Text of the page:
was no fluke, allowed four of the first five Tigers to
reach base - and it got worse from there. He was
shelled for seven runs, five earned in just three
Mike Morgan, competing with Esteban Loiaza
for the fifth starter's job, made pro sports history
when he took the mound in relief for Texas. The
Rangers are his 11th team, breaking the major
league record held by Bob L, Miller, Tommy Davis
and Ken Brett. The NFL and NHL records are 10
and the NBA mark is nine.
Masao Kida relieved Moehler to open the eighth
and he, too, made a bit of history. Kida, who played
10 years in Japan, is the eighth Japanese player to
play in the majors and the first born in Tokyo. His
debut was unimpressive, though, as he allowed an
RBI groundout by Rusty Greer and a two-run sin-
gle by Gonzalez.
The Tigers are on the road until April 12, when
they will return home for the final opening day in
historic Tiger Stadium. The team is scheduled to
move into a newly-constructed ballpark in Detroit
next spring.

CHICAGO (AP) - Former
Northwestern quarterback Brian
Ballarini was placed on probation for
three years yesterday for his role as a
bookie in a sports gambling scandal
that swept the campus.
"It hurts me, but it's dragging my
parents' good name through the mud,"
he told the court, stopping twice to
compose himself.
He pleaded guilty in August to trans-
mitting gambling information over the
telephone in the mid-1990s.
Prosecutors said that once he was
caught, Ballarini cooperated with their
gambling investigation.
They nevertheless recommended one
month behind bars plus probation for
the 25-year-old former player, saying
examples were needed to deter others.
Defense attorney Dan Webb told U.S.
District Judge Ann Williams that other
students had played more serious roles
in the scandal, which reached into the
school's football and basketball pro-
grams. He said Ballarini had never
gambled in his life until he got to
Northwestern. Webb blamed the school
for letting a serious campus gambling

problem fester unchecked.
Webb also noted that Ballarini wore a
wire to help prosecutors crack down on
Northwestern gambling and had twice
appeared before a grand jury.
"He made a serious mistake in judg
ment, but he deserves one more chance
in life," Webb said, in urging Williams
not to jail Ballarini.
Webb said Ballarini is "financially
very astute and would like to get
involved in the securities industry or
something like that."
But he said his client is broke- and
having trouble getting a job. He said
Ballarini still owes $15,000 from his,
gambling days.
Williams ordered Ballarini to submit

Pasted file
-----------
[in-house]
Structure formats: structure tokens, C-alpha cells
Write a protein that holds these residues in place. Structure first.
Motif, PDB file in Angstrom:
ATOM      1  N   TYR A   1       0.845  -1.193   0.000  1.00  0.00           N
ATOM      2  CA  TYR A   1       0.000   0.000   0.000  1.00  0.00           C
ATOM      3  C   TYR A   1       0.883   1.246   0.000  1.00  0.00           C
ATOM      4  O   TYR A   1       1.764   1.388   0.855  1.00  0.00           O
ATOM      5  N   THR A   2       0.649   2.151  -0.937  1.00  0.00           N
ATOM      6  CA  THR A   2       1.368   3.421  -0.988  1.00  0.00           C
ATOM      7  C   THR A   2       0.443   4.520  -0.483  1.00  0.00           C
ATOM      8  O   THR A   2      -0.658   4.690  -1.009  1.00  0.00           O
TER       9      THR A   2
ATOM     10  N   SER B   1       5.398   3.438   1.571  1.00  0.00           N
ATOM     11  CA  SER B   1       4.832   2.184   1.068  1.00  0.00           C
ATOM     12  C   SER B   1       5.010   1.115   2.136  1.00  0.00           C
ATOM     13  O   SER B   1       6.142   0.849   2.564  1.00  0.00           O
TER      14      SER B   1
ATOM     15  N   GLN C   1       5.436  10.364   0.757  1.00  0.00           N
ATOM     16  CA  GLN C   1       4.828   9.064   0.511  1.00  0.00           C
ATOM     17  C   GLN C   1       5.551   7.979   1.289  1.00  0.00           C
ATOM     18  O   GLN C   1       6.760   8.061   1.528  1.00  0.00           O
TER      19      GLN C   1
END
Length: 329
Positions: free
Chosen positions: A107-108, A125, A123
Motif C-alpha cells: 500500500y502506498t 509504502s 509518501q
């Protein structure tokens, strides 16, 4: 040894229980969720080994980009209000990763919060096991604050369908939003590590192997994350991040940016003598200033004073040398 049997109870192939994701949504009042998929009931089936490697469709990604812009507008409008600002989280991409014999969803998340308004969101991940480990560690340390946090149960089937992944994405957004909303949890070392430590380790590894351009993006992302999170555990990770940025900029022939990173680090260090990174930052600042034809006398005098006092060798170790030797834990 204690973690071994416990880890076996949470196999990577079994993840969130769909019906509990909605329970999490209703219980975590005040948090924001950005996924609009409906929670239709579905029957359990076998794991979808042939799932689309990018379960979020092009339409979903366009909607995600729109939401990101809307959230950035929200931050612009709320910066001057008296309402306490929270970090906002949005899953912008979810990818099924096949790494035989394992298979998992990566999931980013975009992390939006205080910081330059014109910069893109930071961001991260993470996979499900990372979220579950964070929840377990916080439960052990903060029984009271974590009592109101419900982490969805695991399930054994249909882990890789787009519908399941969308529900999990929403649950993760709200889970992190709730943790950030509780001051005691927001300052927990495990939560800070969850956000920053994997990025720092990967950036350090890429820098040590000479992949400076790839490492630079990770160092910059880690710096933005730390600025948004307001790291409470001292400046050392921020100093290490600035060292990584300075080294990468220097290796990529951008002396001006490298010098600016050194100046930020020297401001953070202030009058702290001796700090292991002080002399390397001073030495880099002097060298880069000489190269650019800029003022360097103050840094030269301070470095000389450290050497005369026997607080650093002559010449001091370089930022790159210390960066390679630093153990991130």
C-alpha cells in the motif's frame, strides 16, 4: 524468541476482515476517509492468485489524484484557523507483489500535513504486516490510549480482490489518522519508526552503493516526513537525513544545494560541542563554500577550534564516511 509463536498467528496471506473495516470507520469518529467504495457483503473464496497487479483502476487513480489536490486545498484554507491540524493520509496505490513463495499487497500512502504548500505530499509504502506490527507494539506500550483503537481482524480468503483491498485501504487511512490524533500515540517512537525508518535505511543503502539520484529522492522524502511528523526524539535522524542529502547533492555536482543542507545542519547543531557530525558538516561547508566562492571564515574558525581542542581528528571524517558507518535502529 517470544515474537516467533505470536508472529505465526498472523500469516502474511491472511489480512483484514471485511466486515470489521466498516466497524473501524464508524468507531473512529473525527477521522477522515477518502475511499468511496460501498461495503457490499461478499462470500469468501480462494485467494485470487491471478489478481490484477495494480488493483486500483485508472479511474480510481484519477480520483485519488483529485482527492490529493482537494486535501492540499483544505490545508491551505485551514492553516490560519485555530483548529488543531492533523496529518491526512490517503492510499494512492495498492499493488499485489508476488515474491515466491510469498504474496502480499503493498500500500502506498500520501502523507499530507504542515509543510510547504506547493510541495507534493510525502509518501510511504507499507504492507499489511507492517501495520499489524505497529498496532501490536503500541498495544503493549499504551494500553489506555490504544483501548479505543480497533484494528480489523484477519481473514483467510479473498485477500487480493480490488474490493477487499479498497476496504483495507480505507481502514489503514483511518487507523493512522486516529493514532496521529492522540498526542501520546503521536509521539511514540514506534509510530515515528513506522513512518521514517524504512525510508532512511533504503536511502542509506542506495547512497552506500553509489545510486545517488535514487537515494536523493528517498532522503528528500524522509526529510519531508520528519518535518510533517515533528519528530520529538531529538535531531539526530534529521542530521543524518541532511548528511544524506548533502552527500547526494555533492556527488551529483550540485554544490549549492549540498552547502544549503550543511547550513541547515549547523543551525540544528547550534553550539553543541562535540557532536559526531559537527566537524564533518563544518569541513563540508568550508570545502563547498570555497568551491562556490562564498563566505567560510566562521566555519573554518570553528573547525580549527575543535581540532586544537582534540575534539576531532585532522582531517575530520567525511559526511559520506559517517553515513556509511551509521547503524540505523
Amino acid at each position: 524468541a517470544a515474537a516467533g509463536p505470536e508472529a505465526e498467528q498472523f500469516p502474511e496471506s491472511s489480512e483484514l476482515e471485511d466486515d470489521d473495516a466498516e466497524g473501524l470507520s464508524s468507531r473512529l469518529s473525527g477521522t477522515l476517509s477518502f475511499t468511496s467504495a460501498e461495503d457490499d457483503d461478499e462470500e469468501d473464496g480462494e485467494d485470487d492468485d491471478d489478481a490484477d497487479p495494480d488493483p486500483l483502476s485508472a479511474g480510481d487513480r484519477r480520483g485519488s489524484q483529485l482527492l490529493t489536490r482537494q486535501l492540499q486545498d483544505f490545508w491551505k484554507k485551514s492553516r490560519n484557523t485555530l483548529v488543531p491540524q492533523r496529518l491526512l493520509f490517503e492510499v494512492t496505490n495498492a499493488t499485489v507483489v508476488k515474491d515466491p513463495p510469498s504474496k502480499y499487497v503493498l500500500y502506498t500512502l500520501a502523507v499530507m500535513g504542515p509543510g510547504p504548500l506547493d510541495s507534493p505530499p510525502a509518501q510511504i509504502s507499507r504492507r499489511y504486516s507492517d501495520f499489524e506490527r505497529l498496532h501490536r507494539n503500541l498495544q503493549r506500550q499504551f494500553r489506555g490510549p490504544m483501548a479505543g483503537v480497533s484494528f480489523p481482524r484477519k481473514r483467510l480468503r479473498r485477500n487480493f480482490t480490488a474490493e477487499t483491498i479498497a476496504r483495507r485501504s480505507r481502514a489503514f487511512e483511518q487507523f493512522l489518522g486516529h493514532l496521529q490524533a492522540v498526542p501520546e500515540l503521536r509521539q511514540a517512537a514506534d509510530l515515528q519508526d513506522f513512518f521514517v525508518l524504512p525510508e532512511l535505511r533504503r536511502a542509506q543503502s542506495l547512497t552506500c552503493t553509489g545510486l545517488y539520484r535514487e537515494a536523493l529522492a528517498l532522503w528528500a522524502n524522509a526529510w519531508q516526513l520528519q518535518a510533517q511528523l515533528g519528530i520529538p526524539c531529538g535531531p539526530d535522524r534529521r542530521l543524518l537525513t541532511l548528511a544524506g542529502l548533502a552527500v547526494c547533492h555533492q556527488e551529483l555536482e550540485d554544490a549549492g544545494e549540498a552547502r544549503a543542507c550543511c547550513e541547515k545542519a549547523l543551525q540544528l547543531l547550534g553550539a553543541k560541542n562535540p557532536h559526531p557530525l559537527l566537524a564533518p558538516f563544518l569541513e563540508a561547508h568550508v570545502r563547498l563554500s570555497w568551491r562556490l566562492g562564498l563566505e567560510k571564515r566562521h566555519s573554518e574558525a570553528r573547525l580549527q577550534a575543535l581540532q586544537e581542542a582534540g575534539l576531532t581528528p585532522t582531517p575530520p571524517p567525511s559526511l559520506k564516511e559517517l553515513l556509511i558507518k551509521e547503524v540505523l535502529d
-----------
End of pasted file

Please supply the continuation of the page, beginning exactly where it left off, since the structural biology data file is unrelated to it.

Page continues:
to three months of electronic monitor-
ing and get mental health counseling as
part of his probation term.
She also ordered him to continue
with his NCAA program to discourage
campus gambling and perform 200
hours of community service.
Ballarini has lectured on campuses
about the dangers of gambling and had
made a videotape for the NCAA anti-
gambling program.

Detroit pitcher Brian Moehier came eight outs away from the
second-ever opening day no-hitter.

While Patti Koperski had been accepted
to almost every law school she applied to, she
ultimately decided to attend the law school
that offered her an Honors Scholarship
for 50 percent of her tuition.

Continued from Page 9
Scales has also reached base safely in every game this
season, posting a .450 on-base percentage.
"He's always a threat to get on base," Hyde said.
The Wolverines are a third of the way through perhaps
their most important three-week stretch this season with
top conference opponents three weekends in a row.
"We have three big series right in a row with (Illinois),
Ohio State and then Minnesota," Michigan coach Geoff
Zahn said. "It's there for us. We just have to beat those
With the Ohio State series looming, Michigan knows
that it can't look past Bowling Green, the winner of six
of its last seven games.
The Falcons are led by Bob Niemet, who leads the
team in 10 hitting categories, including batting average
(.390), extra-base hits (12), on-base percentage (.478),
and RBI (22).
"They are a pretty good club. They were down at
Homestead when we were down there," Zahn said. "They
are always a good, solid ball club, and that will be a good
ball game."
Sat. 5 Sun. 10-11



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I ;
The Michigan baseball team hopes to bring its hot bats into
its game with Bowling Green this afternoon.
IE N T Continued from Page9
LUB After watching the hitting tape and
noticing errors, Hutchins brought the
team back to fundamentals at practice.
Each player worked on the problems she
had with her specific swing, preparing
for any type of team the Wolverines may
"I don't want the kids to get too high
on the winning," Hutchins said. "Hitting
can come and it can go."
Now that the Big Ten season has starti
M R-- ed, the Wolverines have an uphill path
ahead of them. The Big Ten is composed
of many dominant pitching staffs, and if
the Wolverines get too confident, one of
those pitchers could come along and
- 16 cure them of their disease.


Your undergraduate
grade point average as
evaluated by Law
School Data Assembly
Services (LSDAS)

Your highest LSAT
score within the
last five years


l.m ..j..mmm am.. &. I . J .

The Professional

If your admission index is 195 or above you

will receive an Honors Scholarship.* Make the